Embroider yourself a llama because...why not?
I decided to upcycle another one of my sweaters into a handbag but I wanted to add something special to it. Since I like llamas very much, I didn't need to think too long about what to embroider. This project turned out to be a lot of fun, therefore, I'll share it with you and who knows, maybe you get inspired!
Fancy another embroidery tutorial? You might be interested in my Amish stumpwork instructable.
- embroidery ring
- fabric to embroider on, like canvas
- embroidery cottons (I used the colors cream, orange, red, turquoise and black)
- embroidery needle
- a piece of paper
- circular stencils
Step 1: Prep and Make the Contours
1., 2. I wanted the embroidery to be attached to the sweater but embroidering directly on it wasn't an option. I placed the canvas on top of the sweater and then fastened both fabrics in the embroidery ring.
I then sketched the llama on a piece of paper, cut it out and used this stencil to trace it on the canvas. I traced also the face and the saddle.
3., 4. I started by embroidering the contours of the body without head, legs and saddle. I used split stitch - you can learn more about it here.
5. You can see the finished contour in picture 5.
Step 2: Ears, Legs, Face
1.-4. I went on to the ears and legs, I filled those with simple straight stitches "there and back".
5. I embroidered the face features with a black thread and a simple backstitch, I just photographed it later, that's why you can see more embroidery in the picture.
Step 3: Saddle
I embroidered the saddle with various colors and geometric shapes. Use your imagination and just embroider whatever you want on the saddle.
You can do a little research online to see the colors and patterns of the saddles for example in the Peruvian mountains.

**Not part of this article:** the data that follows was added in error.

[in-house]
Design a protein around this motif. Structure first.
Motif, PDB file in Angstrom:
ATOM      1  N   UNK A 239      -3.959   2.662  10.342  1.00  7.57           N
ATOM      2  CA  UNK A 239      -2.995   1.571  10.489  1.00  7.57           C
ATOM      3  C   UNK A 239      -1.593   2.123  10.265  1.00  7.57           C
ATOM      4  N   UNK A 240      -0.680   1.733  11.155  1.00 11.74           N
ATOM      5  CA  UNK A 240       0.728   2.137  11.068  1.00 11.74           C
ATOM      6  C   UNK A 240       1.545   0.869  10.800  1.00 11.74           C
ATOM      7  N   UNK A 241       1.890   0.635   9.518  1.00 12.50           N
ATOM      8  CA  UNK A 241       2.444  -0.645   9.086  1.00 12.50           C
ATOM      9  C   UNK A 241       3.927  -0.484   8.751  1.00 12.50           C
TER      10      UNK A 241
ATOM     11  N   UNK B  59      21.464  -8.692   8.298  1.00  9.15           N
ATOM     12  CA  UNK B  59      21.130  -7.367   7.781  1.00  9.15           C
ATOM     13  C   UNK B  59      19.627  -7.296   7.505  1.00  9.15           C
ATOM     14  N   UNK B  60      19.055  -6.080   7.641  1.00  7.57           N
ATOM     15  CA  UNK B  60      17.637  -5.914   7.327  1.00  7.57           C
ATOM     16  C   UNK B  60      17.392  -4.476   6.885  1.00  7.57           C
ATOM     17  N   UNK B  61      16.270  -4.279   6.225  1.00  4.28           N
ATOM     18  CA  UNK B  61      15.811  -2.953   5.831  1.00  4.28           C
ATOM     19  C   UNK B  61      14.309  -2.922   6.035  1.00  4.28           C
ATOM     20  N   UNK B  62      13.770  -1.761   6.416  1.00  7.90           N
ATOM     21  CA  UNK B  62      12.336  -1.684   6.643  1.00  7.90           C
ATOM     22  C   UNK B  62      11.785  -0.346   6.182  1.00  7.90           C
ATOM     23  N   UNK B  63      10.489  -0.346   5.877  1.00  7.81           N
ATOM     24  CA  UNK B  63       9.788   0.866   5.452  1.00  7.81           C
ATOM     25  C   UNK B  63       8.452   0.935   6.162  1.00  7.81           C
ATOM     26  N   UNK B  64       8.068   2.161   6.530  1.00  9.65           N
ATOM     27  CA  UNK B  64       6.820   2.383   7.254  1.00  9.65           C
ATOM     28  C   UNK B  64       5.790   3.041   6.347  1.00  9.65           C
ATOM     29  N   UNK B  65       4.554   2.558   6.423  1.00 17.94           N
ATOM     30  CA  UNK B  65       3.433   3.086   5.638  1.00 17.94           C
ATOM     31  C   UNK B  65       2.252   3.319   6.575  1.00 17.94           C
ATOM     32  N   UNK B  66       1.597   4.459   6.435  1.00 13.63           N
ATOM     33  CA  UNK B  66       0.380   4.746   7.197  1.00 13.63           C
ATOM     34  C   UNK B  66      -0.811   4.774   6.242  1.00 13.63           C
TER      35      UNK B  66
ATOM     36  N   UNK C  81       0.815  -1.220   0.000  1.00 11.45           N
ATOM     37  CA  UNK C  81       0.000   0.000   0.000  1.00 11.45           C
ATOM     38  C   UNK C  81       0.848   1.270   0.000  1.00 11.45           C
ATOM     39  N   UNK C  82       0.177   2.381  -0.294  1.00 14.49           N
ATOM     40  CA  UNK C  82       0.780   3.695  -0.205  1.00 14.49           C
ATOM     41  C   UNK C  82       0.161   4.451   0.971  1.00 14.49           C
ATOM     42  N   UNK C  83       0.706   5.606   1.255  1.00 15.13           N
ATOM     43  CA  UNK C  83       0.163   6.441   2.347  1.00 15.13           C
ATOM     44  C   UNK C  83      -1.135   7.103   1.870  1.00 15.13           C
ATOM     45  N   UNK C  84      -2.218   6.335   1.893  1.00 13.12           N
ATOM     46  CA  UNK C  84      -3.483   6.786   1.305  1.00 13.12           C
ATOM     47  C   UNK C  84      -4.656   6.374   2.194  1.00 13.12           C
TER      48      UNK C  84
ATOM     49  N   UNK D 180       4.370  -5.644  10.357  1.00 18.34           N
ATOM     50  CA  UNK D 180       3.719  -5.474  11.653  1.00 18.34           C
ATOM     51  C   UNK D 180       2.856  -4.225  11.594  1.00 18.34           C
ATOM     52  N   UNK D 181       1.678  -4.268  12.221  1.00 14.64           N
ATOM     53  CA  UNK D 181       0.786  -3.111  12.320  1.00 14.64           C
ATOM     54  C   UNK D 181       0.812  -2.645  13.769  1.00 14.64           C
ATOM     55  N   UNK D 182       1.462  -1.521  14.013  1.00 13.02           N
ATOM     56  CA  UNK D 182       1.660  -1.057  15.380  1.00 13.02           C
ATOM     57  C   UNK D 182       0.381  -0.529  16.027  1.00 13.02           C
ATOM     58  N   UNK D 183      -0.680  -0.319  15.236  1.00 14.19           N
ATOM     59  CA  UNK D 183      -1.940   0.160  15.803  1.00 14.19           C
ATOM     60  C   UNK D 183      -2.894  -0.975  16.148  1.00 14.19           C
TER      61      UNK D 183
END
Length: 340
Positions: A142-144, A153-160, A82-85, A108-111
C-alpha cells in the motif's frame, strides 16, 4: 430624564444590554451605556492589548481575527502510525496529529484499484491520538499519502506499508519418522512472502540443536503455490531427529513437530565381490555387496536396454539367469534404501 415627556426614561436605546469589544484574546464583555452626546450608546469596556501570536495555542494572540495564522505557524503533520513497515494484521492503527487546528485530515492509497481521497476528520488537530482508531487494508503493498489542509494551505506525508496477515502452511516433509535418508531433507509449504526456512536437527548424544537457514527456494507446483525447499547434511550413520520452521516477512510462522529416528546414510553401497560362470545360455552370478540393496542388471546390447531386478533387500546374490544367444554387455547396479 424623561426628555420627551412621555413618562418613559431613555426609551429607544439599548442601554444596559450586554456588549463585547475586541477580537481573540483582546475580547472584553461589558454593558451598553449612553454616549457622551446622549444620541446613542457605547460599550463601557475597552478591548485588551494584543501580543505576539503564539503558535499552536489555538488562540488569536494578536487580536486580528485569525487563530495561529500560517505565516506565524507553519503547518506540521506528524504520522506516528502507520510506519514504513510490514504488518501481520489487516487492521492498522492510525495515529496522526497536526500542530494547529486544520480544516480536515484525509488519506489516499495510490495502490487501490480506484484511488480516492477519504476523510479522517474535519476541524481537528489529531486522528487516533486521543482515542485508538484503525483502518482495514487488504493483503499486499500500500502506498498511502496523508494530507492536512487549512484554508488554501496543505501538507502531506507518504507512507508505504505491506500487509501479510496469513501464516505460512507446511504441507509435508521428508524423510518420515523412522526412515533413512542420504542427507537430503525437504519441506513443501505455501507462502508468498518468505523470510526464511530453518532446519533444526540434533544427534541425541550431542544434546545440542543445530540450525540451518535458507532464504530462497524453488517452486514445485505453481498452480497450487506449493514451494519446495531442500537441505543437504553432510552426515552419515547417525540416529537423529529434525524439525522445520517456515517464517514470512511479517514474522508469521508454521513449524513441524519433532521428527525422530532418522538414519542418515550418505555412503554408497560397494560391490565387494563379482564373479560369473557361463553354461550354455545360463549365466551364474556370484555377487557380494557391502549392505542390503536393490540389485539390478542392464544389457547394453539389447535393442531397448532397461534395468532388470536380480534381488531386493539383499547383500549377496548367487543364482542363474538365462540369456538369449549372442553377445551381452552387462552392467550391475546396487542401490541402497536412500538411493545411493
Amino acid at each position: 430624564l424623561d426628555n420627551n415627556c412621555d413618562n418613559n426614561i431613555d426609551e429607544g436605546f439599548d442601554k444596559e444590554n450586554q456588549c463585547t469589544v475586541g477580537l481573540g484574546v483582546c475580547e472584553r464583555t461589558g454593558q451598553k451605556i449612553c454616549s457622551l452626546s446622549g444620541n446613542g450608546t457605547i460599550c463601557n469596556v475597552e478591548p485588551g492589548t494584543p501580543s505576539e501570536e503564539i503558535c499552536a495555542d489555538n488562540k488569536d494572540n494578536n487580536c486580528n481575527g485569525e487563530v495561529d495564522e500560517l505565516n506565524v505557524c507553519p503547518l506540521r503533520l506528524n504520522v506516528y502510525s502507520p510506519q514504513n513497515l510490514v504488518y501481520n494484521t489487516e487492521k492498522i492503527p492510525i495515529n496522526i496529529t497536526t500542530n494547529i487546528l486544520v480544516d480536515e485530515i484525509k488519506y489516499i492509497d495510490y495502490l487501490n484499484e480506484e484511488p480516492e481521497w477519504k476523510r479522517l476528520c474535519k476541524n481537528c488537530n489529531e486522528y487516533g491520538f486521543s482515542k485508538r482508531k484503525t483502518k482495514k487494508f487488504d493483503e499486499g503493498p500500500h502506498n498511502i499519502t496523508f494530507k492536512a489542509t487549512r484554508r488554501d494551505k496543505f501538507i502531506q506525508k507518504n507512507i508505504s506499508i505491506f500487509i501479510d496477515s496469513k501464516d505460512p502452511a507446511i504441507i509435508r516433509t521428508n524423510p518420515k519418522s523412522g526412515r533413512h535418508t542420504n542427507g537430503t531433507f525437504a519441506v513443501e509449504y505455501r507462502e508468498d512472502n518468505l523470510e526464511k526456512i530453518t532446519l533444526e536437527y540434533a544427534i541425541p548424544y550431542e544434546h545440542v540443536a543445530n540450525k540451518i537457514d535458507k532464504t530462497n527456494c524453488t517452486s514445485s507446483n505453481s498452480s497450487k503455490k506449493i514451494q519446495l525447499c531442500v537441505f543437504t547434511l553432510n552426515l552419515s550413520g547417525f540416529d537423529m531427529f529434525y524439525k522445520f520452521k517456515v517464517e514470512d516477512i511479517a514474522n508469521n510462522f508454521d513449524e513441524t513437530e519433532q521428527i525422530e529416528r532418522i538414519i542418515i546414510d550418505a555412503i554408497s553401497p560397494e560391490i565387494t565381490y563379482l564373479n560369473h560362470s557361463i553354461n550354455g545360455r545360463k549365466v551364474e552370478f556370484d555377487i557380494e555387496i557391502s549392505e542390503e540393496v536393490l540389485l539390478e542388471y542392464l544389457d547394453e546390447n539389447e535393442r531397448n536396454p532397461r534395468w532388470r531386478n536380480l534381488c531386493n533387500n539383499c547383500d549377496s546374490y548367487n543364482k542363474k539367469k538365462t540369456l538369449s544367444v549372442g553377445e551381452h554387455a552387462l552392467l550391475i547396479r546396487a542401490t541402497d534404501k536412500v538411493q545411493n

All the stitches I used here are really nothing complicated, most of it is just the backstitch.
Step 4: Body
1., 2. To fill the body with embroidery I chose circular flower shapes of different sizes. I used a ruler with a circular pattern to make the flowers round. I embroidered from the edge to the center and sometimes the other way round, each has a little different effect.
3. No need for the flowers to be filled regularly, not even the center needs to be really in the center. Experiment with moving the center closer to the edge, with the size of the flower and even with the thickness of the thread. It looks really good when the flowers are different. I used 16 and 8 threads most of all but there are also a few flowers made with just 6 threads.
4., 5. I also used just parts of the flowers at the contour.
Step 5: Rein
1. The next step was the rein. First, I made one straight stitch for every part of the rein and then I came back in the first hole.
2. I then wrapped the thread around that straight stitch and put the needle through the second hole.
3. For the central part of the rein I did the same like when I wanted to make a straight stitch but I left the thread very loose so that I could form a curve.
4. The lowest part of the rein was a straight stitch again.
Step 6: Fringe
1. There was a slight difference between the fringe at the rein and at the saddle. I started with the rein. I cut 8 thick threads of the same length (about 2,5 cm) and then wrapped a longer thread around their center.
2. Then I directed all the 8 threads down.
3. I wrapped the longer thread around the rein...
4. ...wrapped one end about half a centimeter under the center of the fringe (where the threads bend) and tied a knot.
5. One of the ends was sticking out so I just pulled it through the knot.
6., 7. Now the fringe was done but with threads of different length, that still needs fixing.
8. The picture nr. 8 shows the cut fringe.
9. Now the fringe at the saddle was made from a smaller amount of threads and it was slightly thinner. Instead of wrapping a thread at the middle I sew the middle of the threads to the saddle. The rest was the same like with the rein fringe - I cut another piece of thread, wrapped it about half a centimeter under the point where the threads bend, tied a know and pulled the ends through the knot. I cut the fringe to be all the same length.
10. All fringe done!
Step 7: Last Cut
My llama was done but I had one more thing to do - cut off the fabric around it. What you do with your llama is up to you and it depends on what you embroidered on. I think it would be really cute on a cushion or even just a wall hanging. Let me know if you have any other ideas!
Runner Up in the
Fiber Arts Contest